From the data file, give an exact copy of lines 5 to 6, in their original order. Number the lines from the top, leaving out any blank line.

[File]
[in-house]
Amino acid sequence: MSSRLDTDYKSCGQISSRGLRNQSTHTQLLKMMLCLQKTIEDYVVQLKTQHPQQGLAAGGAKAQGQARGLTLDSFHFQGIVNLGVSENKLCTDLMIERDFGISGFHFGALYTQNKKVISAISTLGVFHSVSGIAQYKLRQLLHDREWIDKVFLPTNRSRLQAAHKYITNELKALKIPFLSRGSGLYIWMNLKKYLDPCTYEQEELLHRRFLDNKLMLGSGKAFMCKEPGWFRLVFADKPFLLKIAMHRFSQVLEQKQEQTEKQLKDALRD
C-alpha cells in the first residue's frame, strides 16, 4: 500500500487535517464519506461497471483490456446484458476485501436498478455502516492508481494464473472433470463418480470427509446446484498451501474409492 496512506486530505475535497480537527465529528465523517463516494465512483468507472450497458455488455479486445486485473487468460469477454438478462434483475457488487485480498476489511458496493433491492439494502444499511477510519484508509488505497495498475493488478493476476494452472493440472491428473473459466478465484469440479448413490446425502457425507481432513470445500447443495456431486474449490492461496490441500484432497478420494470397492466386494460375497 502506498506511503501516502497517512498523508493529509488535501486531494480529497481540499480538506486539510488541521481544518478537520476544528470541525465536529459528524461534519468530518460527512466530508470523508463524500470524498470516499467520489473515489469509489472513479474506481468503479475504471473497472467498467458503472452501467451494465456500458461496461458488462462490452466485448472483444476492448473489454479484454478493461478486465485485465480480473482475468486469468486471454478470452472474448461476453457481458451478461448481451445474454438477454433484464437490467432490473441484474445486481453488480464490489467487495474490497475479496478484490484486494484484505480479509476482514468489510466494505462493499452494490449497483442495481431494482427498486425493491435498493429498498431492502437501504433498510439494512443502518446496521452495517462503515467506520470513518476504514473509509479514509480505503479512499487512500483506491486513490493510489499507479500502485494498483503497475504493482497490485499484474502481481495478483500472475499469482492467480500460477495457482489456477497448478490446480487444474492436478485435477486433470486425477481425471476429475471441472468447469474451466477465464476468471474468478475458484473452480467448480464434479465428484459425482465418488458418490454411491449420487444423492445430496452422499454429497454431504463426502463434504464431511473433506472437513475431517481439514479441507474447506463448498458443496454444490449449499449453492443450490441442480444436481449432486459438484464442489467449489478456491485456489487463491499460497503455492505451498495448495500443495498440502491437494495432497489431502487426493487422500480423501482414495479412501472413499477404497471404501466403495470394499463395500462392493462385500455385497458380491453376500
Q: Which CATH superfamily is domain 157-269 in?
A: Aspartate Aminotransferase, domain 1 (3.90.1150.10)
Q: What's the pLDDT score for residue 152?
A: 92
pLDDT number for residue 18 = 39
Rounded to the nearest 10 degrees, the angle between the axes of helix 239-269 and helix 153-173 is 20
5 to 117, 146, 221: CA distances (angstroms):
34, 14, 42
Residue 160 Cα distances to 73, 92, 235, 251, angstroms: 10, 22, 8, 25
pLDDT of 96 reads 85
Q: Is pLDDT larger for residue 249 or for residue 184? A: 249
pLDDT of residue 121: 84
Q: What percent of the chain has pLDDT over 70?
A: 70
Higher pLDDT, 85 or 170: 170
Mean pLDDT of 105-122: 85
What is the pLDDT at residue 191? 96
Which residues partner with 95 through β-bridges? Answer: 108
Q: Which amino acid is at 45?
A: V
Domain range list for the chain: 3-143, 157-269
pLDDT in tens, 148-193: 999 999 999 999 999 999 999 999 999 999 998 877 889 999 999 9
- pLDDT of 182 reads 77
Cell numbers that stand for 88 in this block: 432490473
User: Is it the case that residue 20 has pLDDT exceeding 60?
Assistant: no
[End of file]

A: Aspartate Aminotransferase, domain 1 (3.90.1150.10)
Q: What's the pLDDT score for residue 152?